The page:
In In the Matter of 4-K Marine, No. 18-30348 (5th Cir. Jan. 30, 2019) the U.S. Fifth Circuit held that the owner of a stationary, “innocent” vessel is not entitled to reimbursement of the medical expenses of an employee who fraudulently claimed his preexisting injuries resulted from an allision. In June 2015, the M/V TOMMY, owned and operated by Enterprise Marine, was pushing a flotilla of barges on the Mississippi River when it allided with the MISS ELIZABETH, a stationary tug with barges owned and operated by CBR. Individuals aboard the MISS ELIZABETH, including Prince McKinley, alleged they were injured in the allision. CBR promptly commenced maintenance and cure payments to McKinley.
After suit was filed, CBR filed a counter-claim against Enterprise Marine for reimbursement of the amounts it paid to McKinley for medical expenses, because generally, an at-fault third party must reimburse a Jones Act employer for maintenance and cure paid to its Jones Act employee. CBR paid, and Enterprise Marine reimbursed, $23,000 in maintenance and $5,000 in cure to McKinley. CBR also agreed to pay for McKinley’s back surgery, but Enterprise Marine reviewed McKinley’s medical history and refused to reimburse those expenses, arguing the condition was not a result of the allision.
After a bench trial, the district court determined that McKinley injured his knee in the allision, but his back problems predated the accident and were unaffected by the allision. Further, the court held that McKinley fraudulently withheld material issues about his pre-existing medical conditions and medications before and after the incident. The district court held that CBR had no obligation to pay for McKinley’s back surgery, and Enterprise Marine had no obligation to reimburse CBR for the back surgery.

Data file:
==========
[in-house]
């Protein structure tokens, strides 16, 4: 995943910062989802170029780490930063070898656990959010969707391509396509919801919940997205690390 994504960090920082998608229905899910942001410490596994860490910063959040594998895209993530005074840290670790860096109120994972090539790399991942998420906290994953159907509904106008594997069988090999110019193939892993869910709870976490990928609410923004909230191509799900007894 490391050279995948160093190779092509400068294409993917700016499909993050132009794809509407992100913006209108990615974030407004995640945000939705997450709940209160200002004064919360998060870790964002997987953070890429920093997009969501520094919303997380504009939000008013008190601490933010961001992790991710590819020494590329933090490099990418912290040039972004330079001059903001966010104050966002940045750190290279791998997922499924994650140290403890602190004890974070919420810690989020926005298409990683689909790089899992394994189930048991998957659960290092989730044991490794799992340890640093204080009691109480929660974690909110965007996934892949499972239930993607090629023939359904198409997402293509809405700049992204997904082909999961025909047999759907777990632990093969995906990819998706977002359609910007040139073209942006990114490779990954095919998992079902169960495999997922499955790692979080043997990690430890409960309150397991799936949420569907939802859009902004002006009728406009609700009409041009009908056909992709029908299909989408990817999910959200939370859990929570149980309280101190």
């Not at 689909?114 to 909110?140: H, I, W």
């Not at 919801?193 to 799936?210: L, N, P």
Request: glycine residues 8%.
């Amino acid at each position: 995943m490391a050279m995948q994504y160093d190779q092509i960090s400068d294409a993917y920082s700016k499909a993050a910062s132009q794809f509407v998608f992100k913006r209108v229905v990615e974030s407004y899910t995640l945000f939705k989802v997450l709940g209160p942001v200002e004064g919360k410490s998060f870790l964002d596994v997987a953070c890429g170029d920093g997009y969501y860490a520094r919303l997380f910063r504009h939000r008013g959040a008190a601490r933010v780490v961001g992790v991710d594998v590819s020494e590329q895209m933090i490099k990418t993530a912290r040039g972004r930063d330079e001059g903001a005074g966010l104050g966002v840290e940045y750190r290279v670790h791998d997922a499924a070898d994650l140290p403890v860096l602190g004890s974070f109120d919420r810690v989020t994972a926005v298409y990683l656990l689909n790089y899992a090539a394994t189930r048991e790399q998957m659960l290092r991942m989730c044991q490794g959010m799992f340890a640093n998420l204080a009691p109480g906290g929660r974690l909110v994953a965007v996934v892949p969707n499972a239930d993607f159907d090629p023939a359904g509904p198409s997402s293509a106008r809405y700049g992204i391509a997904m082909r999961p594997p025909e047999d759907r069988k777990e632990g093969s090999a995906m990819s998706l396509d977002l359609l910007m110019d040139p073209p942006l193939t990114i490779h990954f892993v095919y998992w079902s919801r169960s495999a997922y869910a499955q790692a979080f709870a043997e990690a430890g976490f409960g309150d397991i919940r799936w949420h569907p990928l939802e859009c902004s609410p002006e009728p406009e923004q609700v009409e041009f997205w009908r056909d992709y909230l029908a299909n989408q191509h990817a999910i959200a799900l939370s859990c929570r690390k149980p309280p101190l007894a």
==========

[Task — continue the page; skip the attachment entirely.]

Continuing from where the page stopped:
CBR appealed to the U.S. Fifth Circuit arguing that maritime principles compelled Enterprise Marine to reimburse CBR for McKinley’s back surgery regardless of McKinley’s fraud. The U.S. Fifth Circuit explained that a third-party must reimburse maintenance and cure payments only where its negligence caused or contributed to the need for maintenance and cure. Because McKinley’s back condition did not result from the allision, Enterprise Marine did cause or contribute to the need for maintenance and cure for that particular medical problem. Accordingly, Enterprise Marine did not owe reimbursement to CBR for McKinley’s back surgery.
The Fifth Circuit recognized the practical problems faced by CBR. It noted that the decision to cover McKinley’s back surgery had to be made early, and CBR was presented with what initially appeared to be a plausible claim for cure. Further, the denial of such claim could have exposed CBR to punitive damages. But the Court noted that CBR had options. An employer need not immediately commence maintenance and cure payments upon request. Further, an employer is only liable for compensatory damages if it “unreasonably rejects the claim” after an investigation, and punitive damages “only for behavior that is egregious”. Finally, CBR had the right to deny payment if, which was ultimately determined, McKinley intentionally misrepresented or concealed material facts, the disclosure of which was desired by CBR.
The U.S. Fifth Circuit’s opinion in In the Matter of 4-K Marine details the harsh realities facing Jones Act employers. Employers must quickly investigate maintenance and cure claims to determine their legal rights. Act too slowly, and the employer may face compensatory or punitive damages. Act too quickly, and an employer may pay for unnecessary medical expenses and not be able to recoup them.